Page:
A Lot or a Little?
What you will—and won't—find in this movie.
The movie's main message is that adversity need not break you; cliched as it may sound, it can make you confront yourself and those around you as you seek a more fulfilling (and healthier in more ways than one) life.
Positive Role Models
Adam is resilient in the face of a shocking, scary diagnosis. Despite this, he's able to care for others (though he does have blind spots) and be generous with his time and friendship. And he finally learns to value himself and embrace life as he faces the possibility of death. His friends and counselor also learn from being around him. Women portrayed stereotypically.
Violence & Scariness
A guy curses out a woman and calls her derogatory names in front of someone else. Other examples of strong anger directed at a female character.
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Sex, Romance & Nudity
A man and a woman are shown having sex (breasts are visible, but genitals are not). Frank discussions between two men about how to hit on women and get them to have sex with them. A woman is caught kissing a man who's not her boyfriend.
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Frequent use of "f--k," "s--t," "d--k," "c--t," "c--k," "p---y," "a--hole," "ass," "motherf--ker," "oh my God," and more.
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Products & Purchases
Some name-dropping and labels on display, including iPod, The View, Jeep, Dwell magazine, Facebook, Toyota, Rite Aid, and more.
Drinking, Drugs & Smoking
Some social drinking. Medicinal and recreational drug use. Bongs are visible; weed-laced brownies are shared.
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Parents Need to Know
Parents need to know that this fact-based dramedy (co-star Seth Rogen's real-life friend, Will Reiser, wrote the movie based on his own experiences) tackles some pretty heavy themes -- particularly the idea of facing the specter of death before the age of 30 -- that could overwhelm young teens attracted by the film's stars: Rogen and (500) Days of Summer's Joseph Gordon-Levitt. Expect plenty of strong language (including "f--k," "s--t," and more) and some sexually charged talk and scenes (including partial female nudity), plus drug use (both medicinal and recreational). To stay in the loop on more movies like this, you can sign up for weekly Family Movie Night emails.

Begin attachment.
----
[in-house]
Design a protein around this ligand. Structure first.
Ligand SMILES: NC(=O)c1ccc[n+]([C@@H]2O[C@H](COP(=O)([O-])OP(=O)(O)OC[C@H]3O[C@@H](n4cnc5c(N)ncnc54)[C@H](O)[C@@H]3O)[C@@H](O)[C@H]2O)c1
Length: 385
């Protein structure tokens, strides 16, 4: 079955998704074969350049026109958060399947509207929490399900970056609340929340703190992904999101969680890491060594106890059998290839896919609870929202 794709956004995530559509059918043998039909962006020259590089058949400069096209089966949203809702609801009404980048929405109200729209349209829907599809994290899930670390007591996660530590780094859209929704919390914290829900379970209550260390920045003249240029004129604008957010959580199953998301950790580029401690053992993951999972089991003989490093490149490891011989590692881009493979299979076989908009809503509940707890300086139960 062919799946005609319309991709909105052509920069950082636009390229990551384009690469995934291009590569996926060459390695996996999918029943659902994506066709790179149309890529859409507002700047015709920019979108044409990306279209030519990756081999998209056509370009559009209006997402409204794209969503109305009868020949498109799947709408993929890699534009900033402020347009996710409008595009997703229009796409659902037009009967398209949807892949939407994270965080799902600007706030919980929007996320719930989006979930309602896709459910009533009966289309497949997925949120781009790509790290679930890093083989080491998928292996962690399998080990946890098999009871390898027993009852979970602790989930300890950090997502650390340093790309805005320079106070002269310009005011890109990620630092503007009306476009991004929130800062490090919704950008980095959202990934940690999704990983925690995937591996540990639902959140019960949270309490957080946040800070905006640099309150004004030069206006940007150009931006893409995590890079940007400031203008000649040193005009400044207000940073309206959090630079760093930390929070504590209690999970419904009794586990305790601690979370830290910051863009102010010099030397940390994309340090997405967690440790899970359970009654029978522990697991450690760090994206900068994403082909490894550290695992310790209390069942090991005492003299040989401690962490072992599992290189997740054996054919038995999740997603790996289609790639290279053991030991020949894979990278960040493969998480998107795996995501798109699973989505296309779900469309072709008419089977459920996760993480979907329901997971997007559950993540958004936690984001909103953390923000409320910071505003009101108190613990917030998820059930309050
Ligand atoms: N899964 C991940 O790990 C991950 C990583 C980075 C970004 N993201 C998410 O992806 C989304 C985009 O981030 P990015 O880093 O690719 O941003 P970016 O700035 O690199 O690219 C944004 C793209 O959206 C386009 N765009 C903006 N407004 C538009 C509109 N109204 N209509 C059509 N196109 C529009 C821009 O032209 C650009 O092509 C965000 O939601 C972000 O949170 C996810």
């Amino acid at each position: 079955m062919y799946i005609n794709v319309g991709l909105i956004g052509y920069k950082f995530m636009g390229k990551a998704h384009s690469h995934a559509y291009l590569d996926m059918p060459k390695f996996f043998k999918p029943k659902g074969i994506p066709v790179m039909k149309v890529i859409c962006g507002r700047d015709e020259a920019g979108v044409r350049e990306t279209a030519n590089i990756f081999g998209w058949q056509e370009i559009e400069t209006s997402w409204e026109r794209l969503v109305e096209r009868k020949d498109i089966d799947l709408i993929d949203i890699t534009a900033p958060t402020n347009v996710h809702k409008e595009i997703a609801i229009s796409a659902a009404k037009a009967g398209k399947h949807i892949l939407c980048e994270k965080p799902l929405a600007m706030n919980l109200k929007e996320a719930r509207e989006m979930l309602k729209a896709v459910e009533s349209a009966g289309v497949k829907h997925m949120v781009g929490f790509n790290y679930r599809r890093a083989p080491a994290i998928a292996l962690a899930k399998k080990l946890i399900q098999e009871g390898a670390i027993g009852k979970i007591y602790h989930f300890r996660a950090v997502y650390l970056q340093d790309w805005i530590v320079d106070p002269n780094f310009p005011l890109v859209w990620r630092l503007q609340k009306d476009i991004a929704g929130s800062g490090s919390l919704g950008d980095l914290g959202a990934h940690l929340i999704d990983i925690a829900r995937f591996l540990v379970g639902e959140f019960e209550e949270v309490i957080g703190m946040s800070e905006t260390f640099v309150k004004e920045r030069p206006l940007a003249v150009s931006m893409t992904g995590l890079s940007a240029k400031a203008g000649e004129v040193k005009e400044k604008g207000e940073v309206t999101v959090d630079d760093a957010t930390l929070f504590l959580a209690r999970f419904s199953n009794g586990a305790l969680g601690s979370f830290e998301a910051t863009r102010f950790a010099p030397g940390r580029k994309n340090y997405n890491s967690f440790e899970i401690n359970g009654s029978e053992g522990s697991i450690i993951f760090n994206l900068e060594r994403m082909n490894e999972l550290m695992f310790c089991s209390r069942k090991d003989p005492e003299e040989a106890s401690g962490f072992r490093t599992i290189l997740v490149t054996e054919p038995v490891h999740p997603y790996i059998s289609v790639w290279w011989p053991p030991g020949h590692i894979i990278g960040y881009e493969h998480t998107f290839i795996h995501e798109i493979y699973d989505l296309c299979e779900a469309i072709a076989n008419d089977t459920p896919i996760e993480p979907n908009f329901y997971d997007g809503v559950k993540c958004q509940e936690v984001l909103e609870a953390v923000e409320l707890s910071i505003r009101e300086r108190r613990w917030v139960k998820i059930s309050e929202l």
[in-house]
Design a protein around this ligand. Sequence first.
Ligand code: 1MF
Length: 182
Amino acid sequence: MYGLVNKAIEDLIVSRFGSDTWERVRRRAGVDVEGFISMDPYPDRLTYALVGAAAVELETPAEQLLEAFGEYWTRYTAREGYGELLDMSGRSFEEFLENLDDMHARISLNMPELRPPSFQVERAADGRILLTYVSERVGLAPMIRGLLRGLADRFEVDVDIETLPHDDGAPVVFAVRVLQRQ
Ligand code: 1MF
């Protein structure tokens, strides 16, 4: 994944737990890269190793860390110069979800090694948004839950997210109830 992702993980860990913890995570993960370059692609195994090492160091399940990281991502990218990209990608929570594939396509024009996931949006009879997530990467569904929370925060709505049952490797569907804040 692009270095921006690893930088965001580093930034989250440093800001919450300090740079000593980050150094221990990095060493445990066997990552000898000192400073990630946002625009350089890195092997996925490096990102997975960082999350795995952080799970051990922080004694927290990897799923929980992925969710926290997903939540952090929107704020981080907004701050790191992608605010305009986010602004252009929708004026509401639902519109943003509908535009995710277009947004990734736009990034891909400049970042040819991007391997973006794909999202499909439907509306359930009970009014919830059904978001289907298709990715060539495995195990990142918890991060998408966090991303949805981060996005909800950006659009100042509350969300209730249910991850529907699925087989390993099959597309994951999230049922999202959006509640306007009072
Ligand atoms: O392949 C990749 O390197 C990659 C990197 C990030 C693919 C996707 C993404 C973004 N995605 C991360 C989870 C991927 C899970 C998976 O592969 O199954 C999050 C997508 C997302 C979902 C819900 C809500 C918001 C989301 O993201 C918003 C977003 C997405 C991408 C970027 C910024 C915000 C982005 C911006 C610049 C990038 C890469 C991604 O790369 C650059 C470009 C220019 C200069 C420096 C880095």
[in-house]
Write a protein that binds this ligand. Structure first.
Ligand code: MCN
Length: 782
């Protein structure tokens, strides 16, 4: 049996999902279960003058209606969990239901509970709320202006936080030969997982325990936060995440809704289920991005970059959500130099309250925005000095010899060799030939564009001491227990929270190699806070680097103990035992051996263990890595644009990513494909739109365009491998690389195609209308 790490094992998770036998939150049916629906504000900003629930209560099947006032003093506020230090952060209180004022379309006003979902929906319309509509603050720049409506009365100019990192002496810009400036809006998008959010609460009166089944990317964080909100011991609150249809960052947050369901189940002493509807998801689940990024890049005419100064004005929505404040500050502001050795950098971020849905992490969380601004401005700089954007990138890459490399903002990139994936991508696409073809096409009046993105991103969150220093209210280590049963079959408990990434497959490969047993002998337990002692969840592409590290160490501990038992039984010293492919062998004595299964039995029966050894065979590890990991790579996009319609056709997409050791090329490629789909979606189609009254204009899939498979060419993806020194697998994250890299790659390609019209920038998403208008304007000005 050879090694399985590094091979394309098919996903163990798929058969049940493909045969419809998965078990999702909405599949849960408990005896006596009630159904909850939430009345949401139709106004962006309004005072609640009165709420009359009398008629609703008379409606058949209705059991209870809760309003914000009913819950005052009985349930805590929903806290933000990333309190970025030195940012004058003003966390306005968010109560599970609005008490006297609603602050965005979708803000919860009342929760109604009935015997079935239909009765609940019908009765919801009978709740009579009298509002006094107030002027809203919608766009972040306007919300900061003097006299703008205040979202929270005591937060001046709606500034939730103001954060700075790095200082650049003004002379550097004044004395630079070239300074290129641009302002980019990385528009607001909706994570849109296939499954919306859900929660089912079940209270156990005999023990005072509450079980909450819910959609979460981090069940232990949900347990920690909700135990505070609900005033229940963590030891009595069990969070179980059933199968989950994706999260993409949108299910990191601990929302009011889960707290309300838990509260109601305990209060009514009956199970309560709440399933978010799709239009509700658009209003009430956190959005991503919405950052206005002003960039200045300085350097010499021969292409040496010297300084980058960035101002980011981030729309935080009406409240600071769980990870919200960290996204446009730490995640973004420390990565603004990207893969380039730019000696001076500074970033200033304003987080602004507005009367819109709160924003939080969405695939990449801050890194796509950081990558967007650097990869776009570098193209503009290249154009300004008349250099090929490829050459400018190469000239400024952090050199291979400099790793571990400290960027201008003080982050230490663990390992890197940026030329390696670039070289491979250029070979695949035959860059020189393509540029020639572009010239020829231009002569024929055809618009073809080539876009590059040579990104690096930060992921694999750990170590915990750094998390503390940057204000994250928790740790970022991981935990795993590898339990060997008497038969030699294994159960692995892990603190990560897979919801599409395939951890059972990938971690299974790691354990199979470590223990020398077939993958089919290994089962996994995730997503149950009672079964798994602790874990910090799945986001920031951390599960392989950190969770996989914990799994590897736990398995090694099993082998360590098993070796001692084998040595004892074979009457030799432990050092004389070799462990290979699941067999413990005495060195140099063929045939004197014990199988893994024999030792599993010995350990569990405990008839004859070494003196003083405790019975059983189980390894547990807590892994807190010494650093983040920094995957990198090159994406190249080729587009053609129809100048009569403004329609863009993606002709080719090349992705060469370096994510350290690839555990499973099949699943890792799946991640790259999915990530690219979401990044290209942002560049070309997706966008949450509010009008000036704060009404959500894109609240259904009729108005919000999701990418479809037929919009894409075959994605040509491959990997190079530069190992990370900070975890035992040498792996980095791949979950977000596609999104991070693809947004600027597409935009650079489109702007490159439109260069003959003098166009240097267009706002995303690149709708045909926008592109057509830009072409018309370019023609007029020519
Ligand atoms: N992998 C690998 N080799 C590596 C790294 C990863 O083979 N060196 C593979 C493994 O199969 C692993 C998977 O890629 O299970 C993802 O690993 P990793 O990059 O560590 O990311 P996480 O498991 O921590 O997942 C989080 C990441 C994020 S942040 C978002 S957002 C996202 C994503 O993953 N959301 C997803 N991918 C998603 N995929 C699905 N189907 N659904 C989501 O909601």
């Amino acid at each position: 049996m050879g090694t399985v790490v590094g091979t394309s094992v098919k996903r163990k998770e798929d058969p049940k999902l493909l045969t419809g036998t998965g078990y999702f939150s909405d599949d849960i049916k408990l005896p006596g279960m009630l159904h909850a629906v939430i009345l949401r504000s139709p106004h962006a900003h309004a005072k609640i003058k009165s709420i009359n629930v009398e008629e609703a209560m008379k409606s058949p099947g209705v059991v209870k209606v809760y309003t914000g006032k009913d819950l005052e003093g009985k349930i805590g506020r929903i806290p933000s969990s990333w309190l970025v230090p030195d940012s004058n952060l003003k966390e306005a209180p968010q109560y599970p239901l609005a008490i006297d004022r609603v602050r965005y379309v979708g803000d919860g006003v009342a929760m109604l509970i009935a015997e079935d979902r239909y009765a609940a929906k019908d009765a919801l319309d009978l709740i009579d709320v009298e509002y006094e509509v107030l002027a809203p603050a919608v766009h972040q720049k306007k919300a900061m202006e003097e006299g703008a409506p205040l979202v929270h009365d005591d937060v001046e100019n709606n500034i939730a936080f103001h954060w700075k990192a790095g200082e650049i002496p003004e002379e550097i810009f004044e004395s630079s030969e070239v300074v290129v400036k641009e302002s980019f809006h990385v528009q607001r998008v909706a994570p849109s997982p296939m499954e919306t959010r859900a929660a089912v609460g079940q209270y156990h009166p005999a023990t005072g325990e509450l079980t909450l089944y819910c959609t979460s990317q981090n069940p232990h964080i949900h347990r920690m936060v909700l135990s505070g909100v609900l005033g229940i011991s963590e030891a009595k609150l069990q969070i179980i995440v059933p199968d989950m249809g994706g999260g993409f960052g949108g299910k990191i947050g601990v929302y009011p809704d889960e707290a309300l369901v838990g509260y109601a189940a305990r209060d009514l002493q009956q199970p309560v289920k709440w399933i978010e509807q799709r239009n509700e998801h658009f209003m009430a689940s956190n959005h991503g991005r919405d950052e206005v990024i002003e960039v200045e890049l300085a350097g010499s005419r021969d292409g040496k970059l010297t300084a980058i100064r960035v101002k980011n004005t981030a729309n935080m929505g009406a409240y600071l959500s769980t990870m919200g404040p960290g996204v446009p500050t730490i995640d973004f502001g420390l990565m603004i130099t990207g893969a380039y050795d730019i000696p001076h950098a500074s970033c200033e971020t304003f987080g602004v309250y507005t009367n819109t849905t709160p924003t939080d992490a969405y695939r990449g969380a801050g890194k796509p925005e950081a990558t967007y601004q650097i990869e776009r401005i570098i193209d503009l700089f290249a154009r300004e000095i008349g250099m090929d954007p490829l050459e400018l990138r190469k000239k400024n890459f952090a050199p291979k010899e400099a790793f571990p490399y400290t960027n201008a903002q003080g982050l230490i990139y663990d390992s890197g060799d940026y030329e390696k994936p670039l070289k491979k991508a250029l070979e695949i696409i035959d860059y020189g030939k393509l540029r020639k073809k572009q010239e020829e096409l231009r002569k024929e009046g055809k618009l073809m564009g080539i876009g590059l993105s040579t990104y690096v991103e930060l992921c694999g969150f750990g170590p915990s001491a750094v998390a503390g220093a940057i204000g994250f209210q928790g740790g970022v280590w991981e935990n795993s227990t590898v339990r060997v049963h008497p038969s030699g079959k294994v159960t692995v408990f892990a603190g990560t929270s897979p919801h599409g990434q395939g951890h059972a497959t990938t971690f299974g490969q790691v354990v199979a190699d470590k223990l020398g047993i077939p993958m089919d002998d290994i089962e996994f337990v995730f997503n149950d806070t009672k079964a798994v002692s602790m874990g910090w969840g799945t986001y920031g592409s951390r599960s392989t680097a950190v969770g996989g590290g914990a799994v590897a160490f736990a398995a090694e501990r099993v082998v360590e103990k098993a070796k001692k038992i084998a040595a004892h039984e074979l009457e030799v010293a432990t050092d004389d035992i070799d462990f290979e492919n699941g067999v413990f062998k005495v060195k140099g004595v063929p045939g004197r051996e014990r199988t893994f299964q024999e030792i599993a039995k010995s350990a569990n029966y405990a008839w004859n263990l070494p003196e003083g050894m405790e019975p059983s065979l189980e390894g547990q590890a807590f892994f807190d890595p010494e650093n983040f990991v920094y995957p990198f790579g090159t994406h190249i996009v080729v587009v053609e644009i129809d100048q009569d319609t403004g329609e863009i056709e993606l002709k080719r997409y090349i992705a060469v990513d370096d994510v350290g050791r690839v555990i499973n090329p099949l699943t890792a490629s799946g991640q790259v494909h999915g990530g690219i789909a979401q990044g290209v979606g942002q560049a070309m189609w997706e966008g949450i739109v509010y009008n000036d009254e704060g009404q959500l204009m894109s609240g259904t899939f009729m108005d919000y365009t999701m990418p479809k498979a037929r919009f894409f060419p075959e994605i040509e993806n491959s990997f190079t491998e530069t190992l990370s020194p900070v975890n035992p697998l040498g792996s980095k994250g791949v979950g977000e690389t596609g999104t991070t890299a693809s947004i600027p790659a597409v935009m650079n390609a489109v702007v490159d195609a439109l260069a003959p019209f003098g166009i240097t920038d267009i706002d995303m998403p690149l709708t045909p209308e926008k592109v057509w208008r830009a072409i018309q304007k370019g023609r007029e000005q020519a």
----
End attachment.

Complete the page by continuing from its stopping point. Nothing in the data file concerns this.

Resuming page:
Is It Any Good?
50/50 faces so many hurdles on its way to success. There are so many cliches that a movie about terminal illness has to skirt: How to handle the reveal without being overdramatic? Should there be a transformation -- and, if so, how to make it believable? So, good for director Jonathan Levine (and writer Will Reiser and the producers, including Rogen), for managing to create a refreshingly irreverent -- though still poignant -- film about the subject.
Far from being sappy and mawkish, the movie is unafraid to ask difficult questions: Does illness allow you to put yourself first all the time? How much can you ask of others when you're sick? And it's bold enough to mine the situation for hilarity without minimizing it or going for the easy jokes. That said, it's not perfect by any means; Adam's girlfriend turns needlessly villainous, and a storyline about Adam's father could have used more depth but instead peters out. But ultimately, it takes confidence to create a movie like this one, as well as a great actor like Gordon-Levitt, who has created an Adam we can root for easily and without pity. When you see 50/50, be prepared to laugh and think.
Did we miss something on diversity?
Research shows a connection between kids' healthy self-esteem and positive portrayals in media. That's why we've added a new "Diverse Representations" section to our reviews that will be rolling out on an ongoing basis. You can help us help kids by suggesting a diversity update.